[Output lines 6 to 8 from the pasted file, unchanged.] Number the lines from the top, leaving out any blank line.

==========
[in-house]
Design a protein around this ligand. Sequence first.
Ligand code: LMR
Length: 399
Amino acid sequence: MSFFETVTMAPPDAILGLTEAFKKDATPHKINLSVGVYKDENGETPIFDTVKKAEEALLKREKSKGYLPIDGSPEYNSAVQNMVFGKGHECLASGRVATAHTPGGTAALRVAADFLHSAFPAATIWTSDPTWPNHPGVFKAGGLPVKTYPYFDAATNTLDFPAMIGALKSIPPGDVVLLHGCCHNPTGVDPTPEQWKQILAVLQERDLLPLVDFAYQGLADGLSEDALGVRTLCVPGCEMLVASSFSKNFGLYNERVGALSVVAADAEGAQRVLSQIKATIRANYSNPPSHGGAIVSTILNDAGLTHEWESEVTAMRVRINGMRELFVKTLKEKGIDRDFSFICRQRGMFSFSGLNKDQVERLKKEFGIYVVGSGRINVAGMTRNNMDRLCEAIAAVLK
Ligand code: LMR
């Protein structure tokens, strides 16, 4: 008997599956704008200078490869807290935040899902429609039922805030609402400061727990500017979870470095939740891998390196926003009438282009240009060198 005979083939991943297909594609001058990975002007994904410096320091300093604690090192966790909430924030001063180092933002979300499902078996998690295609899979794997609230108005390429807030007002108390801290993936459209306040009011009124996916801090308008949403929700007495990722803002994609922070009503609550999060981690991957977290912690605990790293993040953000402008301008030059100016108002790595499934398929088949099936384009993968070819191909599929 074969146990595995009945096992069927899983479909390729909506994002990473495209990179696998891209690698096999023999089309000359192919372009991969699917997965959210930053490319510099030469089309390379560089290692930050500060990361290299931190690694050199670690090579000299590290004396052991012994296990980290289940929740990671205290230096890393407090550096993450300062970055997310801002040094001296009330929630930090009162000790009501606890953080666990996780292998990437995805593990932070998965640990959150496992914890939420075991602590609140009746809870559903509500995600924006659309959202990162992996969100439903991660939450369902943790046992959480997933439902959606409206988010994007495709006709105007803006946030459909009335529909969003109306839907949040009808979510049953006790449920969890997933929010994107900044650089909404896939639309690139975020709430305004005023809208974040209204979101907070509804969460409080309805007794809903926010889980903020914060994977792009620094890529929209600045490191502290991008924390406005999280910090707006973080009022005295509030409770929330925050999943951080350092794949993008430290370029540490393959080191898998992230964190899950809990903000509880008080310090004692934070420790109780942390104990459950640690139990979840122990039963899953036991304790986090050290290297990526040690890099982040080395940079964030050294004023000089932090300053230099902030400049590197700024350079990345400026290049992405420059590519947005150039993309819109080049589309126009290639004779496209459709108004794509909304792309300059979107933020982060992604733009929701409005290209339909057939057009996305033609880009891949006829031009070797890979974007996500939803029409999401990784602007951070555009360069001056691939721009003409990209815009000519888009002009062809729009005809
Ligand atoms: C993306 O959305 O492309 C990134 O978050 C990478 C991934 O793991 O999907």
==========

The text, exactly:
Ligand code: LMR
């Protein structure tokens, strides 16, 4: 008997599956704008200078490869807290935040899902429609039922805030609402400061727990500017979870470095939740891998390196926003009438282009240009060198 005979083939991943297909594609001058990975002007994904410096320091300093604690090192966790909430924030001063180092933002979300499902078996998690295609899979794997609230108005390429807030007002108390801290993936459209306040009011009124996916801090308008949403929700007495990722803002994609922070009503609550999060981690991957977290912690605990790293993040953000402008301008030059100016108002790595499934398929088949099936384009993968070819191909599929 074969146990595995009945096992069927899983479909390729909506994002990473495209990179696998891209690698096999023999089309000359192919372009991969699917997965959210930053490319510099030469089309390379560089290692930050500060990361290299931190690694050199670690090579000299590290004396052991012994296990980290289940929740990671205290230096890393407090550096993450300062970055997310801002040094001296009330929630930090009162000790009501606890953080666990996780292998990437995805593990932070998965640990959150496992914890939420075991602590609140009746809870559903509500995600924006659309959202990162992996969100439903991660939450369902943790046992959480997933439902959606409206988010994007495709006709105007803006946030459909009335529909969003109306839907949040009808979510049953006790449920969890997933929010994107900044650089909404896939639309690139975020709430305004005023809208974040209204979101907070509804969460409080309805007794809903926010889980903020914060994977792009620094890529929209600045490191502290991008924390406005999280910090707006973080009022005295509030409770929330925050999943951080350092794949993008430290370029540490393959080191898998992230964190899950809990903000509880008080310090004692934070420790109780942390104990459950640690139990979840122990039963899953036991304790986090050290290297990526040690890099982040080395940079964030050294004023000089932090300053230099902030400049590197700024350079990345400026290049992405420059590519947005150039993309819109080049589309126009290639004779496209459709108004794509909304792309300059979107933020982060992604733009929701409005290209339909057939057009996305033609880009891949006829031009070797890979974007996500939803029409999401990784602007951070555009360069001056691939721009003409990209815009000519888009002009062809729009005809
Ligand atoms: C993306 O959305 O492309 C990134 O978050 C990478 C991934 O793991 O999907």